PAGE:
My 15 year old dog has developed a turkey-like giblet under his jaw. Looks like it might be blood filled. Not sure he would survive anesthesia to remove. Are there any other options?
Type of Animal: Mixed breed dog
Nothing. Doesn't seem to bother him.
Welcome to JustAnswer! I am a licensed veterinarian and would be glad to help!1) When did you first notice this?2) Is it growing in size?3) Has it been tested in any way?-
1) About 6 months ago2) Yes, about golf ball size now. Dark in color (blood-filled perhaps) and hanging from skin under his mouth about midway between end of snout and neck (looks like a turkey)3) No testing.
Before considering a (possibly) major surgery - typically in these cases to determine what the growth is (benign growth vs. cancerous mass vs infection) would be to have your veterinarian perform a procedure called a FNA (Fine Needle Aspirate).A FNA procedure is quite simple with minimal risks. Usually without any sedation at all (and no anesthesia), a small needle is inserted into the lump and then cells and fluid are aspirated into the syringe, then pushed onto a slide.The slide is examined under the microscope either by your veterinarian, or if you elect, by a board certified clinical pathologist. The goal would be for them to tell you what the cells are, and therefore, what the mass is. Is it benign or malignant? Is it an infection that just needs antibiotics?Please let me know if this makes sense or if you have additional questions! Otherwise - please remember to click ACCEPT. If we have exited the chat session, you may click a “Happy Face” followed by “Submit”.Find me any time if needed: http://www.justanswer.com/veterinary/expert-criticalcarevetYou can always request me through my profile, bookmark my page for future help, or beginning your question with “For CriticalCareVet”____________________________________________________________________________________________________________________________Please click the "GREEN ACCEPT" button if the information I have provided has been of help so I receive credit for helping you. Bonuses are always welcome and appreciated.This is necessary so that I can get credit for assisting you and compensated for my time.Once you click accept, your question will not close, and you will still have the opportunity to follow-up if needed.Also remember, sometimes the medical information and recommendation may not be what you want to hear, but it is being made in the best interest of your pet - please be courteous in your response, even if this is not exactly what you wanted to hear - we are only making the best and safest possible recommendations for you and your loved ones.Please keep in mind that if you do not list all the important information above (medical history, current medications, previous illness, etc) it is harder for me to give you the most complete information.With this communication - we are here to guide you in making the best decision for your pet. This is for informational purposes only. We are not allowed to diagnose and prescribe medications - rather provide a course of action to speak to your veterinarian about - and any medical therapy and treatment should only be performed after an in-person examination with your veterinarian as a professional-client relationship has not been established on the site. While information may be discussed, this is not intended as an encouragement for you to self treat your pet, rather information online, and any treatment provided should only be performed after consulting your veterinarian.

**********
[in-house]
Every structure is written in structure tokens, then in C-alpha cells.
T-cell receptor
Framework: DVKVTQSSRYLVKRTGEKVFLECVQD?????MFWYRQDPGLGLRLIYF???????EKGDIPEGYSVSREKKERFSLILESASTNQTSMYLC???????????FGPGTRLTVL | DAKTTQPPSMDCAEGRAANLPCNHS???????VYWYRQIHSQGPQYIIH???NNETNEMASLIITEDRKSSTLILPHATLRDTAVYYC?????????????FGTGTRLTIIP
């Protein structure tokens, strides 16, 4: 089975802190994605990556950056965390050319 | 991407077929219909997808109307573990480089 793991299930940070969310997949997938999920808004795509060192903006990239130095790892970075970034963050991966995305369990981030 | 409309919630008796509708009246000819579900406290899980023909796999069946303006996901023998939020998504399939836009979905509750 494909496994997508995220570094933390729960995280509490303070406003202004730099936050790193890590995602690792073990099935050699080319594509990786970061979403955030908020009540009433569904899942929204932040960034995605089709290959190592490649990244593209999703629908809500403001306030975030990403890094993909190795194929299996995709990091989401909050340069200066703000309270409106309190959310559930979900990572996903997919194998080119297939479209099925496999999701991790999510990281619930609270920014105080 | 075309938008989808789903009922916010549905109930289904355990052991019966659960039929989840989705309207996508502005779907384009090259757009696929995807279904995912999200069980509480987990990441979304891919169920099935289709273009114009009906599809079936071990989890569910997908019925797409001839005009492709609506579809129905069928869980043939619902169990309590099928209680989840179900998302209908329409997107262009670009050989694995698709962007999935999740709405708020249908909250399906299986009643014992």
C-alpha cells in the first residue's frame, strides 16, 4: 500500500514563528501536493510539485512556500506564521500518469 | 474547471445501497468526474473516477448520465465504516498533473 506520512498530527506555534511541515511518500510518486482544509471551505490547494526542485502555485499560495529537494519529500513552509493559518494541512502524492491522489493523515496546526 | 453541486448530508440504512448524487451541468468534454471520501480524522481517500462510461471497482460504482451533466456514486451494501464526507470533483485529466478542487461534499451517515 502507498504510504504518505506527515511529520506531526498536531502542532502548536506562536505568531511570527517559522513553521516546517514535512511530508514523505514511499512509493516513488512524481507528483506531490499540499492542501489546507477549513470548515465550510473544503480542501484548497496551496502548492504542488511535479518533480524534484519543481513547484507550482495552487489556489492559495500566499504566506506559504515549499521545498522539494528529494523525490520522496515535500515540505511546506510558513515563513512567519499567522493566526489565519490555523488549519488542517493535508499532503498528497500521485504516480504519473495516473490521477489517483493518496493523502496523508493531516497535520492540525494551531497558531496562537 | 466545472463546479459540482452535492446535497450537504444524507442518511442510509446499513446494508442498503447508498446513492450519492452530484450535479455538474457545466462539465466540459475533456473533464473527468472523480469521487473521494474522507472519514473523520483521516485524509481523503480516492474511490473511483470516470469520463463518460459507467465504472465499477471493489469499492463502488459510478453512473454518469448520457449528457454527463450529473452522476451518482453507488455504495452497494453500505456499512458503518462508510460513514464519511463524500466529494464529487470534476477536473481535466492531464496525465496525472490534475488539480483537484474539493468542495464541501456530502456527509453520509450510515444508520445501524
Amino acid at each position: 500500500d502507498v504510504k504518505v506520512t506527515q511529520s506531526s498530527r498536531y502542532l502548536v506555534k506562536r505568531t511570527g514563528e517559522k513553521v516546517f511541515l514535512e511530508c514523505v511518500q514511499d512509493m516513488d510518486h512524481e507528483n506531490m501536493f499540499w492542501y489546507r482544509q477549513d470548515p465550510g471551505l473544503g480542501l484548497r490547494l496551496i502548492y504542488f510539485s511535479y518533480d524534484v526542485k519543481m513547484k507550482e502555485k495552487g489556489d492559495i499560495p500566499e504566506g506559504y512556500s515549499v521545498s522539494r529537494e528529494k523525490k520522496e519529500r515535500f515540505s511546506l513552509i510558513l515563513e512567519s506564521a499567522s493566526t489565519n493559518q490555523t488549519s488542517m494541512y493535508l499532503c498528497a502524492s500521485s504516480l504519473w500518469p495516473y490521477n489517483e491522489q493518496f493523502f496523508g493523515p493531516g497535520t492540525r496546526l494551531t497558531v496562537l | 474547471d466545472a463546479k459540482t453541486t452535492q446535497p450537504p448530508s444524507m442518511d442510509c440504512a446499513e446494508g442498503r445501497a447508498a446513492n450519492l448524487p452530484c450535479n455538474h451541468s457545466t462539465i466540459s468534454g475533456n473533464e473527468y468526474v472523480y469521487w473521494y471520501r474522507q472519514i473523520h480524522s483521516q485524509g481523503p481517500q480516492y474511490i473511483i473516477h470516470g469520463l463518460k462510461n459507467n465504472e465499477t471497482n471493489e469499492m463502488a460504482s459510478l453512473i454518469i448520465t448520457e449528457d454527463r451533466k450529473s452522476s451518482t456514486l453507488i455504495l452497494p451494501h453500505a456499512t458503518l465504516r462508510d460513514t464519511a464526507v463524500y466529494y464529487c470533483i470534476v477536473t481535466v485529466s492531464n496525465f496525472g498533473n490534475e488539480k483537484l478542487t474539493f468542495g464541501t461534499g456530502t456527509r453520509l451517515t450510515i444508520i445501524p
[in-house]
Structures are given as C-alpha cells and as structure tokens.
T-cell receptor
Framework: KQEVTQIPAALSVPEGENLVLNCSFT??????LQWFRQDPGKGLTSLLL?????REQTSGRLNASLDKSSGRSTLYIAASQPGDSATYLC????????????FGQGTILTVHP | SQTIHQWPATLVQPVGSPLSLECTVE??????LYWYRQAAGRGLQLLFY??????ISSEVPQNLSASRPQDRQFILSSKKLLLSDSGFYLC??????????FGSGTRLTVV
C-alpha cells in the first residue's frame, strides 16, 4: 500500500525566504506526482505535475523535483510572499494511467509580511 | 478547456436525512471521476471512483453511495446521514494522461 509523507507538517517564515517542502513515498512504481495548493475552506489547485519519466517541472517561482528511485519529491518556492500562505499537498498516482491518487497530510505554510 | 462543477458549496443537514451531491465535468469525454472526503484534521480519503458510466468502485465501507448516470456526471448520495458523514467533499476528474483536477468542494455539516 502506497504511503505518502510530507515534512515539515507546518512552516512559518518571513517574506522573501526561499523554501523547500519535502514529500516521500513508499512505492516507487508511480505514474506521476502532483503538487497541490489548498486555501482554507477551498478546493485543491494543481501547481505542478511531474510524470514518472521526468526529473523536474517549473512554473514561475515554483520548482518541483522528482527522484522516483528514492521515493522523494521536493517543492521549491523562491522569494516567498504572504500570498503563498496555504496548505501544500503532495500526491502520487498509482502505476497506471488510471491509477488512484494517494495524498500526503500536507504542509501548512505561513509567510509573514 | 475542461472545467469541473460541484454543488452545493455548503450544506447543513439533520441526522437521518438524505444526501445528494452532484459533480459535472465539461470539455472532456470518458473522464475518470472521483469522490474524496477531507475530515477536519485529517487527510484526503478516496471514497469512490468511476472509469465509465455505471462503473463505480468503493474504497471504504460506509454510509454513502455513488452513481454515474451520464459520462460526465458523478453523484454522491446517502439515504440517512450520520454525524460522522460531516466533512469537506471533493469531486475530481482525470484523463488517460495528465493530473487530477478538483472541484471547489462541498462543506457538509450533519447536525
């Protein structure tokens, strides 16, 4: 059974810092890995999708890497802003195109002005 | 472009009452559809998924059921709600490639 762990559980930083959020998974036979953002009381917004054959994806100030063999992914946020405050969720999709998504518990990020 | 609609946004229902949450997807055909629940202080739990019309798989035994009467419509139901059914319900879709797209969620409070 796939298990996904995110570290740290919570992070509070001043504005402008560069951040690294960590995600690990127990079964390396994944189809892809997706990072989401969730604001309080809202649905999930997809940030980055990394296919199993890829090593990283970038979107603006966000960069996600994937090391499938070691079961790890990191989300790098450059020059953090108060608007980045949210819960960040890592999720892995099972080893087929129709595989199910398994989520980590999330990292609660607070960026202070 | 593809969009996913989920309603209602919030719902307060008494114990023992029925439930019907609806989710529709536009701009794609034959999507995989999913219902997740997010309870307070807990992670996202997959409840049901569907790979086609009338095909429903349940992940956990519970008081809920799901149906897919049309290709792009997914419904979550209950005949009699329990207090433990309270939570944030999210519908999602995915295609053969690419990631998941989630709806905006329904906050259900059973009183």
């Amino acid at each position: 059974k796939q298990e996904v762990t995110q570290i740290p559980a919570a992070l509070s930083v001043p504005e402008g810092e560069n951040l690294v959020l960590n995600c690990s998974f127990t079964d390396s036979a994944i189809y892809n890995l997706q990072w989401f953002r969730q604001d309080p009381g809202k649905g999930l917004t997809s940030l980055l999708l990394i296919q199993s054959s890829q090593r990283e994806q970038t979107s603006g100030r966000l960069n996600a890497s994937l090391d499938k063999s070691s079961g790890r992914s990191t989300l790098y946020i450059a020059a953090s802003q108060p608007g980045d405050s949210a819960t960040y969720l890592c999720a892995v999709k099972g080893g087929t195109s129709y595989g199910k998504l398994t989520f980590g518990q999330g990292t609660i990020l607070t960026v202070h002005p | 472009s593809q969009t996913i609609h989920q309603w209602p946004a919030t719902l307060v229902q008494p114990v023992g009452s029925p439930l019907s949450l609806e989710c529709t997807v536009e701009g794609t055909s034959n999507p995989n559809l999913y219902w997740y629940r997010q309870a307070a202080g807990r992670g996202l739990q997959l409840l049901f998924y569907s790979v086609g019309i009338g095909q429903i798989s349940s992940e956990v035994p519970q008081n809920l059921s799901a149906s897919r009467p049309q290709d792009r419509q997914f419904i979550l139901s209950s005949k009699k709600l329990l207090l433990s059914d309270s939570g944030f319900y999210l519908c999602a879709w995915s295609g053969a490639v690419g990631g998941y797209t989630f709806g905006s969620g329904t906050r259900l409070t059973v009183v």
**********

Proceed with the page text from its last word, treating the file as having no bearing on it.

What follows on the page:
Emergency and Critical Care Specialist